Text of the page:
For the first time in my – adult – life, I felt lucky for not having a drivers’ license. Let me explain: while Transylvania is famous for many positive things – such as ancient traditions, folklore and breathtaking views – it’s also a bit on the rural side for a Western European city girl, like me. If I tell you how many drunk truck drivers I have encountered or how many accidents I’ve seen (happen), you would simply give up and stay home. Transylvanian roads are known to be bumpy and drivers to be impatient. On a brighter note, things are changing and most Romanians now follow the zero tolerance rule when it comes to drinking and driving. However, the further you get into nowhere, the crazier some people tend to get.
A good example is the village we accidentally drove through in search of our next stop, Medias. Before we knew it, our car got chased by farm dogs and villagers, looking for a good time on a normal week day. I still break out in sweat when I think about the fact we had to turn around and drive through it again to get back in the right direction. 9 out of 10 times villagers are friendly, hospitable people, but you don’t want to make a mistake on this one. I suggest you don’t stop and get out of the car unless you’re absolute certain you’re not solely there for other peoples’ entertainment. When you use your gut instinct, things will be just fine.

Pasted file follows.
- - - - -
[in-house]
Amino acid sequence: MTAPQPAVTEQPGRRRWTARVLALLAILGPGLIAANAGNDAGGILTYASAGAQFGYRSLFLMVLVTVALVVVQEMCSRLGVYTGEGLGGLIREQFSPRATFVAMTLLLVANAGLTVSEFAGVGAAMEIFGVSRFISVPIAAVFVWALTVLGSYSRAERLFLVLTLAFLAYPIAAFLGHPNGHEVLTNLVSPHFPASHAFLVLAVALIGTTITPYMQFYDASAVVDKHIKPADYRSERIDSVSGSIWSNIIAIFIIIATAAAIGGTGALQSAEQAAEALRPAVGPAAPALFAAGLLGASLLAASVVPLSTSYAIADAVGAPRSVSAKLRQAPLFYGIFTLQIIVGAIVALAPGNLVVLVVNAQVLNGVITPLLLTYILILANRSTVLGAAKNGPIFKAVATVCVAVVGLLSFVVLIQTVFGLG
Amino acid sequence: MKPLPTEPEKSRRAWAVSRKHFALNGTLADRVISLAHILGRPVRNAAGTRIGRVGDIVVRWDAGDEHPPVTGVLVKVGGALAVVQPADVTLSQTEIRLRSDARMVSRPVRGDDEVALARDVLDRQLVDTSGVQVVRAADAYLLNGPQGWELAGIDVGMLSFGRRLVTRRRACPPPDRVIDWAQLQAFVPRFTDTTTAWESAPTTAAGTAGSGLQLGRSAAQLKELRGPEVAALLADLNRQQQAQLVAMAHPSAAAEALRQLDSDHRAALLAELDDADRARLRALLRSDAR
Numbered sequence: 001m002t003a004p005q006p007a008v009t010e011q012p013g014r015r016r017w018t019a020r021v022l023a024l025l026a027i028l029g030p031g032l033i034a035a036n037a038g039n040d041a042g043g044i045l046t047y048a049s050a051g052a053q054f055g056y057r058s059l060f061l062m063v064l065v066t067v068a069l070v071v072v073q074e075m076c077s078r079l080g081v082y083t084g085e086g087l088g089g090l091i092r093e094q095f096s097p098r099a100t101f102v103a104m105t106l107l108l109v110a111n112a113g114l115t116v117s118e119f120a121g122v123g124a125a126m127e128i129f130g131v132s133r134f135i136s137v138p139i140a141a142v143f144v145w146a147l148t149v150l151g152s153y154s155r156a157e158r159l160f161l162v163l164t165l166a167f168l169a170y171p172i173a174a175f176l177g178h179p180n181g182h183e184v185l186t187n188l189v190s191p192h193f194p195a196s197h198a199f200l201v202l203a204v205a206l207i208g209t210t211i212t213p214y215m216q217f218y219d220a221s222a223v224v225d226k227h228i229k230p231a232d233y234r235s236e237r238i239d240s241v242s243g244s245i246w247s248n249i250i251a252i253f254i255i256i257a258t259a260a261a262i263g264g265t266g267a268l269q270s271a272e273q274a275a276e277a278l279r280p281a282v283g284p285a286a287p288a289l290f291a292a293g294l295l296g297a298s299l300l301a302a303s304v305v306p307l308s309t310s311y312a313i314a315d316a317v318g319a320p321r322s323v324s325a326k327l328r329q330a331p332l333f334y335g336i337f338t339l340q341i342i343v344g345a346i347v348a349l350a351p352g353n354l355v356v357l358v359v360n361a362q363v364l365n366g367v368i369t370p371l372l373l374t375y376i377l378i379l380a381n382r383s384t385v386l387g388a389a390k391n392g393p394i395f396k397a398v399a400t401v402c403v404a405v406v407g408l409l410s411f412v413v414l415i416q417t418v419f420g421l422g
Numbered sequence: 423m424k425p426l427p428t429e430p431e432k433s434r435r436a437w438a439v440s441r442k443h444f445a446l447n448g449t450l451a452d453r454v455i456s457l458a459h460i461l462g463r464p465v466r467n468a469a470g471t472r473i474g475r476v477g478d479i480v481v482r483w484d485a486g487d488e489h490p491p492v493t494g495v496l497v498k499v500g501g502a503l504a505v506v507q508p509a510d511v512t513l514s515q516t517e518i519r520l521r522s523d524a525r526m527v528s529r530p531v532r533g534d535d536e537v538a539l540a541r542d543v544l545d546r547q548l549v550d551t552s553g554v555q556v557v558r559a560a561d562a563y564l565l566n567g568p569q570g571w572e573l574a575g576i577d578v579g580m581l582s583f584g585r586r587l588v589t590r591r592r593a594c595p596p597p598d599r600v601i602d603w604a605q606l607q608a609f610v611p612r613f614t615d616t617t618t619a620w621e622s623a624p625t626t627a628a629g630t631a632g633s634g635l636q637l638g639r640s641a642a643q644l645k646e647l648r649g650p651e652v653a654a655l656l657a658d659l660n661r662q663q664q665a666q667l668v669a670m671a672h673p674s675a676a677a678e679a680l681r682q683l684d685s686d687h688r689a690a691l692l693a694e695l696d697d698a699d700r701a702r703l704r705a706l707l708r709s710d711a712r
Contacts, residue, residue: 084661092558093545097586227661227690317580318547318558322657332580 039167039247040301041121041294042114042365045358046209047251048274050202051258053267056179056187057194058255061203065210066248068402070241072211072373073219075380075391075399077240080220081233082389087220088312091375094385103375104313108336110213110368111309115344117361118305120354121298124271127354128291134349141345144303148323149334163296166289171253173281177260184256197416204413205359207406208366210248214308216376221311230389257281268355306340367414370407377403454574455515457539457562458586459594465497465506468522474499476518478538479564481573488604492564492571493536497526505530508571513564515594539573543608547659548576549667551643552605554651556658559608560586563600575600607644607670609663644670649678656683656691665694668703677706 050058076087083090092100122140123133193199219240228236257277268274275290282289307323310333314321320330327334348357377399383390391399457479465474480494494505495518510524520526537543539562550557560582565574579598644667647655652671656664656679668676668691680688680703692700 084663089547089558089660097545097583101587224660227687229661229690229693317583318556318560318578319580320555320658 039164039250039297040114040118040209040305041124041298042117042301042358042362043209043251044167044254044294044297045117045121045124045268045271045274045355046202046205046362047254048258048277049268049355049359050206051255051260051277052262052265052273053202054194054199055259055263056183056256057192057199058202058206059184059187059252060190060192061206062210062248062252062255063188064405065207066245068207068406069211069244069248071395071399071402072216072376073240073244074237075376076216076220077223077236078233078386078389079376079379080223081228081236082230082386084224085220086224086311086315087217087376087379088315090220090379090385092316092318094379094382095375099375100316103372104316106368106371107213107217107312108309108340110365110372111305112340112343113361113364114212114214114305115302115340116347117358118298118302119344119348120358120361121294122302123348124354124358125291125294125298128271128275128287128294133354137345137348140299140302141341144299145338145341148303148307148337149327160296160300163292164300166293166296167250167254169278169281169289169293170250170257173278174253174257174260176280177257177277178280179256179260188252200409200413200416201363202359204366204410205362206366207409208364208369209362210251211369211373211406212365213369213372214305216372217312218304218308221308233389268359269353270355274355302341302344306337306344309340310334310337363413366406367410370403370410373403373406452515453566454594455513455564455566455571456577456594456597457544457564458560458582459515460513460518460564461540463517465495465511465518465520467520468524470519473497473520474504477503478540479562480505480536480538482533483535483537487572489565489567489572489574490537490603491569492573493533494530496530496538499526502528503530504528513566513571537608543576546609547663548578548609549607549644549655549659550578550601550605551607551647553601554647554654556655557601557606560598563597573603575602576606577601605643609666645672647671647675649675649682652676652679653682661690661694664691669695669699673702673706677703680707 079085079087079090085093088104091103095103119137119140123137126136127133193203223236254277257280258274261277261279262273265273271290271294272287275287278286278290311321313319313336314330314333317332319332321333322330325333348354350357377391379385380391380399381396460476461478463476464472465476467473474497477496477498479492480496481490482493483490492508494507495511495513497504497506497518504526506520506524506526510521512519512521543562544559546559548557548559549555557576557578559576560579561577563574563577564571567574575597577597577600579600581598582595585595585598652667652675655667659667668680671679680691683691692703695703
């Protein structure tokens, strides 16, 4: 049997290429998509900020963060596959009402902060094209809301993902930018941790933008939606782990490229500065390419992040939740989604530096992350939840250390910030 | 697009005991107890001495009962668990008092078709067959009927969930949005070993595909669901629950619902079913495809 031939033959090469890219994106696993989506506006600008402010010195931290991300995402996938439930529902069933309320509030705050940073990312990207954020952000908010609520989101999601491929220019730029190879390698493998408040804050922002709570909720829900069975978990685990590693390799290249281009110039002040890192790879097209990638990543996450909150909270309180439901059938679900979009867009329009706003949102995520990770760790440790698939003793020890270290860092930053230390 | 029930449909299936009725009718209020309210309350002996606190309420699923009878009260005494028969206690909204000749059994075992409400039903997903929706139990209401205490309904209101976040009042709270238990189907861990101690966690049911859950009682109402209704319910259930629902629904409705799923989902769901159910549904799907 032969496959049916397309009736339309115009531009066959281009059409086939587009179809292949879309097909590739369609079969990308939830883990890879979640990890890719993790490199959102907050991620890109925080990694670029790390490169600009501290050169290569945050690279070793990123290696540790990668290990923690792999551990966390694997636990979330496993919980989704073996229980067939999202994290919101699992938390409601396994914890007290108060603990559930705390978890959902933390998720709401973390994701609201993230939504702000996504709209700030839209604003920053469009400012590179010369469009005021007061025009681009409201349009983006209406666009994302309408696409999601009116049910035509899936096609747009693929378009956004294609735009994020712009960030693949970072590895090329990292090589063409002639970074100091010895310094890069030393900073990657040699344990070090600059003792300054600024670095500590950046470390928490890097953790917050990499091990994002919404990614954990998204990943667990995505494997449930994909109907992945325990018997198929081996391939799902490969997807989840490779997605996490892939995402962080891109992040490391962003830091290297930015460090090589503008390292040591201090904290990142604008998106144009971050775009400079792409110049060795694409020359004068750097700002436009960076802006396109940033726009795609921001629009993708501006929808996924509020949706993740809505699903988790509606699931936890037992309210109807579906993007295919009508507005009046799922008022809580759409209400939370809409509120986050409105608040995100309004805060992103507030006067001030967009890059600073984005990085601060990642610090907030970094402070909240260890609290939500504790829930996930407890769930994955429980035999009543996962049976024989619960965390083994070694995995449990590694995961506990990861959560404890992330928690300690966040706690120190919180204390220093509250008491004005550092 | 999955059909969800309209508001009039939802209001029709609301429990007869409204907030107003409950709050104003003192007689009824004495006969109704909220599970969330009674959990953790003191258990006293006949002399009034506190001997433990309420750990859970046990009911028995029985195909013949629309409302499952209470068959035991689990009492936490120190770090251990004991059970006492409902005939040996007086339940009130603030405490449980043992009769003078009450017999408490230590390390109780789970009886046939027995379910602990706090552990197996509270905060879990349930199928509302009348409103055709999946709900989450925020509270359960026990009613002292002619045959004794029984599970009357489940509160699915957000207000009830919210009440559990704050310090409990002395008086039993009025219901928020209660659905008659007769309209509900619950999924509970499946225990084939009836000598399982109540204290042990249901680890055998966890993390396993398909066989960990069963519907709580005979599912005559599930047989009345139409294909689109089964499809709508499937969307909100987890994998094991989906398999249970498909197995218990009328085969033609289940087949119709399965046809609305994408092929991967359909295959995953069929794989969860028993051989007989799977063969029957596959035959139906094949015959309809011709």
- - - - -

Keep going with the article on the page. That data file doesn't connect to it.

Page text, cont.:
Car vs public transport
Organized tours and public transportation will only get you so far. I don’t want to bum you out, but if there’s one thing you need to see the real Romania, it’s a car. Although plenty interesting cities are connected by railways, the rural side of the country is only accessible to those who dare to drive. And let’s face it, the reason we want to do a road trip in Transylvania is because of the variety of stunning, yet less accessible nature. Still, if you leave out some of the listed destinations above, you could do this trip partly by using public transportation, local peoples’ hospitality or your legs.